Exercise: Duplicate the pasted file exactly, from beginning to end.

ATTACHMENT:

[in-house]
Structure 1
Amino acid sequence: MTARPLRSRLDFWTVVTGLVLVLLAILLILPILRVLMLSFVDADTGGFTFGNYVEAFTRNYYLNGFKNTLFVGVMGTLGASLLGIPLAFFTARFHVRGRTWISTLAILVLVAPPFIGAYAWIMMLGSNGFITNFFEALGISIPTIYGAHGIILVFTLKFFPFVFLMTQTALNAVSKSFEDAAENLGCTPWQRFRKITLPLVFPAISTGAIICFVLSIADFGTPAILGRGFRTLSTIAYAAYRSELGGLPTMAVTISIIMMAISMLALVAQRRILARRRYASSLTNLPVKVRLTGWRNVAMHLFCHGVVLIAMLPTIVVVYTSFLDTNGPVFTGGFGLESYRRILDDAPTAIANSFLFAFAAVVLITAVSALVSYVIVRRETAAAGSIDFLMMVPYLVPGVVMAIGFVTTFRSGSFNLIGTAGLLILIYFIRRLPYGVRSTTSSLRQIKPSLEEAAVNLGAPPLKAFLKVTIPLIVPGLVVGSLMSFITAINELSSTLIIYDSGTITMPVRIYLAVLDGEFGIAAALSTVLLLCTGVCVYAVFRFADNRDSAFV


[in-house]
Structure 1
Amino acid sequence: MTARPLRSRLDFWTVVTGLVLVLLAILLILPILRVLMLSFVDADTGGFTFGNYVEAFTRNYYLNGFKNTLFVGVMGTLGASLLGIPLAFFTARFHVRGRTWISTLAILVLVAPPFIGAYAWIMMLGSNGFITNFFEALGISIPTIYGAHGIILVFTLKFFPFVFLMTQTALNAVSKSFEDAAENLGCTPWQRFRKITLPLVFPAISTGAIICFVLSIADFGTPAILGRGFRTLSTIAYAAYRSELGGLPTMAVTISIIMMAISMLALVAQRRILARRRYASSLTNLPVKVRLTGWRNVAMHLFCHGVVLIAMLPTIVVVYTSFLDTNGPVFTGGFGLESYRRILDDAPTAIANSFLFAFAAVVLITAVSALVSYVIVRRETAAAGSIDFLMMVPYLVPGVVMAIGFVTTFRSGSFNLIGTAGLLILIYFIRRLPYGVRSTTSSLRQIKPSLEEAAVNLGAPPLKAFLKVTIPLIVPGLVVGSLMSFITAINELSSTLIIYDSGTITMPVRIYLAVLDGEFGIAAALSTVLLLCTGVCVYAVFRFADNRDSAFV